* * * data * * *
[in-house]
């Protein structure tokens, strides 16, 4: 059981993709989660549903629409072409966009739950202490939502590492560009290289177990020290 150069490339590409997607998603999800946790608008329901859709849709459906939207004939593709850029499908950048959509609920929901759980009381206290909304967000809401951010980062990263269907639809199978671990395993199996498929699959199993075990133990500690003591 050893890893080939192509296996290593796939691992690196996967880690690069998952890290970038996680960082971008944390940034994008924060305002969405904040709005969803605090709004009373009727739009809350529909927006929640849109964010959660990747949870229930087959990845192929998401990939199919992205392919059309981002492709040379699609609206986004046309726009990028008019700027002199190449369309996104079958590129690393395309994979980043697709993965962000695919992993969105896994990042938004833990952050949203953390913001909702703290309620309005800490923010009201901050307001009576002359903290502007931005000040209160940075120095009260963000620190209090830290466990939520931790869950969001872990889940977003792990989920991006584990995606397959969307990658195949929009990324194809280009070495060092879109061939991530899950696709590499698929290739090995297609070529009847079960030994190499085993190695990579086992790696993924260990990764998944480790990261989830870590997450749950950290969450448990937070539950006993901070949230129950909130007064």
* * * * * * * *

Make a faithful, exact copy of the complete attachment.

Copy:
[in-house]
């Protein structure tokens, strides 16, 4: 059981993709989660549903629409072409966009739950202490939502590492560009290289177990020290 150069490339590409997607998603999800946790608008329901859709849709459906939207004939593709850029499908950048959509609920929901759980009381206290909304967000809401951010980062990263269907639809199978671990395993199996498929699959199993075990133990500690003591 050893890893080939192509296996290593796939691992690196996967880690690069998952890290970038996680960082971008944390940034994008924060305002969405904040709005969803605090709004009373009727739009809350529909927006929640849109964010959660990747949870229930087959990845192929998401990939199919992205392919059309981002492709040379699609609206986004046309726009990028008019700027002199190449369309996104079958590129690393395309994979980043697709993965962000695919992993969105896994990042938004833990952050949203953390913001909702703290309620309005800490923010009201901050307001009576002359903290502007931005000040209160940075120095009260963000620190209090830290466990939520931790869950969001872990889940977003792990989920991006584990995606397959969307990658195949929009990324194809280009070495060092879109061939991530899950696709590499698929290739090995297609070529009847079960030994190499085993190695990579086992790696993924260990990764998944480790990261989830870590997450749950950290969450448990937070539950006993901070949230129950909130007064």